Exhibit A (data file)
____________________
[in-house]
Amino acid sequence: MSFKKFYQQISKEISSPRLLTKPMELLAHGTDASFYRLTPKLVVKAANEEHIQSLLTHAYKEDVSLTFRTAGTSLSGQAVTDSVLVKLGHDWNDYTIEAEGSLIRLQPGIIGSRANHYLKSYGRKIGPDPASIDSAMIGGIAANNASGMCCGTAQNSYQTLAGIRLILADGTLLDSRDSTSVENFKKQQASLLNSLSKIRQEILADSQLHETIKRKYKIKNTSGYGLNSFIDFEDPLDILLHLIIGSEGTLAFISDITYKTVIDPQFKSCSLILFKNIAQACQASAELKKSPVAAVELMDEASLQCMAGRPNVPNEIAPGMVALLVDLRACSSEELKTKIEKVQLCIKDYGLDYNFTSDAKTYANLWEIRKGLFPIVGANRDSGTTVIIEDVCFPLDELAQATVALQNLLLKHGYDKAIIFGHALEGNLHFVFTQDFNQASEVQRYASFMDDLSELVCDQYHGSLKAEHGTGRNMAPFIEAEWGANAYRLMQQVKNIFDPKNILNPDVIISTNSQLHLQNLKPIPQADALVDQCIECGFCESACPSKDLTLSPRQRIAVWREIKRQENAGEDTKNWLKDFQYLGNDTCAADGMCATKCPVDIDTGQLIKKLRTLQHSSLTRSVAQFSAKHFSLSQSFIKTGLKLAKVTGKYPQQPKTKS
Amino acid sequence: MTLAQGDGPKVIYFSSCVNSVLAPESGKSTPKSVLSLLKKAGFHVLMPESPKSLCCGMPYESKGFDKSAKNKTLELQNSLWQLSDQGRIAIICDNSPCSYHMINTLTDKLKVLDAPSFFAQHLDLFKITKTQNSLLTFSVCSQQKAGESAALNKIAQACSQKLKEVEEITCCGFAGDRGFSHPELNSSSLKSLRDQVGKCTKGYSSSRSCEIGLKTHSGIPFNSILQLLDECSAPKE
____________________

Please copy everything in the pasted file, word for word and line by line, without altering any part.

[in-house]
Amino acid sequence: MSFKKFYQQISKEISSPRLLTKPMELLAHGTDASFYRLTPKLVVKAANEEHIQSLLTHAYKEDVSLTFRTAGTSLSGQAVTDSVLVKLGHDWNDYTIEAEGSLIRLQPGIIGSRANHYLKSYGRKIGPDPASIDSAMIGGIAANNASGMCCGTAQNSYQTLAGIRLILADGTLLDSRDSTSVENFKKQQASLLNSLSKIRQEILADSQLHETIKRKYKIKNTSGYGLNSFIDFEDPLDILLHLIIGSEGTLAFISDITYKTVIDPQFKSCSLILFKNIAQACQASAELKKSPVAAVELMDEASLQCMAGRPNVPNEIAPGMVALLVDLRACSSEELKTKIEKVQLCIKDYGLDYNFTSDAKTYANLWEIRKGLFPIVGANRDSGTTVIIEDVCFPLDELAQATVALQNLLLKHGYDKAIIFGHALEGNLHFVFTQDFNQASEVQRYASFMDDLSELVCDQYHGSLKAEHGTGRNMAPFIEAEWGANAYRLMQQVKNIFDPKNILNPDVIISTNSQLHLQNLKPIPQADALVDQCIECGFCESACPSKDLTLSPRQRIAVWREIKRQENAGEDTKNWLKDFQYLGNDTCAADGMCATKCPVDIDTGQLIKKLRTLQHSSLTRSVAQFSAKHFSLSQSFIKTGLKLAKVTGKYPQQPKTKS
Amino acid sequence: MTLAQGDGPKVIYFSSCVNSVLAPESGKSTPKSVLSLLKKAGFHVLMPESPKSLCCGMPYESKGFDKSAKNKTLELQNSLWQLSDQGRIAIICDNSPCSYHMINTLTDKLKVLDAPSFFAQHLDLFKITKTQNSLLTFSVCSQQKAGESAALNKIAQACSQKLKEVEEITCCGFAGDRGFSHPELNSSSLKSLRDQVGKCTKGYSSSRSCEIGLKTHSGIPFNSILQLLDECSAPKE